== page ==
Why The Bank Stress-Test Results Are Important For Dividend Growth

Includes: AIG, BAC, C, DB, SAN
by: Reality Shares Research


Positive results of the U.S.-based bank stress tests were announced, enlivening the dividend investment community.

All 24 banks in the S&P 500 passed and are now able to raise their dividends.

Reality Shares has been closely watching forecasted dividend momentum surrounding stress testing for its impact on the overall market dividend growth rate.

Bank Stress-Test Success and Dividend Growth Investing: The Potential for Rising Dividends

Following up on our recent piece in anticipation of the bank capital payout stress test results, positive results were announced, enlivening the dividend investment community that had been awaiting the results given the potential to impact dividends and stock prices of banking institutions for 2016. Stress testing is designed to determine whether a financial institution is capable of withstanding some type of economic downturn, making it a natural indicator of company health. The Federal Reserve has indicated that all 33 tested banks have sufficient capital on reserve in order to weather losses in a recession. In the qualitative tests, all 24 banks in the S&P 500 passed and are now able to raise their dividends. As a firm solely focused on divided growth investment solutions, Reality Shares has been closely watching forecasted dividend momentum surrounding stress testing for its impact on the overall market dividend growth rate. Stress testing directly impacts dividends, as financial institutions failing stress testing are prevented from paying out dividends or any type of capital to their shareholders.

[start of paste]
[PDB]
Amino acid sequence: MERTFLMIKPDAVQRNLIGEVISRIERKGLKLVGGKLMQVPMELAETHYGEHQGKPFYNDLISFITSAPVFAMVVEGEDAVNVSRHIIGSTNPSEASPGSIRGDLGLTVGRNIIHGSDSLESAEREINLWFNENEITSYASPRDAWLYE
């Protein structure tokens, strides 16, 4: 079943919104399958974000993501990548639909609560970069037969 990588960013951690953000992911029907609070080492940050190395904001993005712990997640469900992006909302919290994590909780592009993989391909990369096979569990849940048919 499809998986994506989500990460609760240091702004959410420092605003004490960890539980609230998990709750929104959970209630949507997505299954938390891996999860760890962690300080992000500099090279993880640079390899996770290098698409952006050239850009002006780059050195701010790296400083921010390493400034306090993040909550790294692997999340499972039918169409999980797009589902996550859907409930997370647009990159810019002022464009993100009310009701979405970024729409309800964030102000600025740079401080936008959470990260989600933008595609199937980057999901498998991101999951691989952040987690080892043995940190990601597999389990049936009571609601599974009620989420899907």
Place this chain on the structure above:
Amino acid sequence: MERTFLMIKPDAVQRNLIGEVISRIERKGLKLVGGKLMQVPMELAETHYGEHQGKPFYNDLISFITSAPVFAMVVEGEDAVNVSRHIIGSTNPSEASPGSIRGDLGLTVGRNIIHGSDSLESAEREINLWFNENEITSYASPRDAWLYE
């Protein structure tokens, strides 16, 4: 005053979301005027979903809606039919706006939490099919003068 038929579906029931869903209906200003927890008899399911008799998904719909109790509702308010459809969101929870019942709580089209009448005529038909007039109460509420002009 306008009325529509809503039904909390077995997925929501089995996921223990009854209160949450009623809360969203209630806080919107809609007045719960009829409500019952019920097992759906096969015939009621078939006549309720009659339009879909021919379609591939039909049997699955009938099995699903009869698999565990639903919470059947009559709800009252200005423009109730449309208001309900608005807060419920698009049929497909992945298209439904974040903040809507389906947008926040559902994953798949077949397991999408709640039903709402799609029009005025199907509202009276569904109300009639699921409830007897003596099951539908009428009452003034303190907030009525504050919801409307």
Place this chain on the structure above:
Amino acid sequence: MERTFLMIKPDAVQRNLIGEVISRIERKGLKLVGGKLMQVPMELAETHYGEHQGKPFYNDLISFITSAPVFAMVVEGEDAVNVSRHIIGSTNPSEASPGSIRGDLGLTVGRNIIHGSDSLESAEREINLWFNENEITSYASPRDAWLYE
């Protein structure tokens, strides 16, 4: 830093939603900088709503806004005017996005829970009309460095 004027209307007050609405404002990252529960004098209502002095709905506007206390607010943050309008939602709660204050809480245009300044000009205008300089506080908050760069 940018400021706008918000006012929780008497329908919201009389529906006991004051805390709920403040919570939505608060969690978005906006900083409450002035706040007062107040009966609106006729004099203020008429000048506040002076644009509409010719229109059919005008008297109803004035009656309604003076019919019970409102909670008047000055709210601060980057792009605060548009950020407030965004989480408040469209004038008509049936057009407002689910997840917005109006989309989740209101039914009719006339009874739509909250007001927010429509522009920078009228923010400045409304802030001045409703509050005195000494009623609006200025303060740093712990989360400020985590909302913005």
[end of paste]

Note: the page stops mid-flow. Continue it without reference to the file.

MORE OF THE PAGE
Stress testing began in the aftermath of the Great Recession as a result of the financial crisis that brought down and threatened several financial institutions including AIG (NYSE:AIG), Countrywide Financial and Lehman Brothers. In its aftermath, the U.S. Federal Reserve created the Comprehensive Capital Analysis and Review to monitor financial institutions in the hopes of preventing any future bailouts. These tests have come to be known as CCAR or stress-tests, and today determine whether a company over $10 billion in assets can go through a sort of worst-case downturn scenario, weather such difficulty and survive. As of June 30, 2016, the results of the stress tests were announced, with all U.S.-based banks passing, though Morgan Stanley passed conditionally. Two foreign banks, Deutsche Bank (NYSE:DB) and Santander (NYSE:SAN), failed the qualitative portion of the stress tests due to what were called "broad" weaknesses.

Delving Deeper into the Dividend Growth Investment Insights of Stress Testing

While banks might complain about the difficulty and cost of performing annual stress tests, the tests have provided valuable insight to investors and especially dividend growth investors. Banks seek to keep or increase their dividends even when it may be financially restrictive, as failing to do so reflects very poorly upon the company and its management. Also, being prevented from paying a dividend whatsoever seems unthinkable to most company management teams, as investors in companies under that much financial distress may choose to sell positions or even move to replace underperforming executives.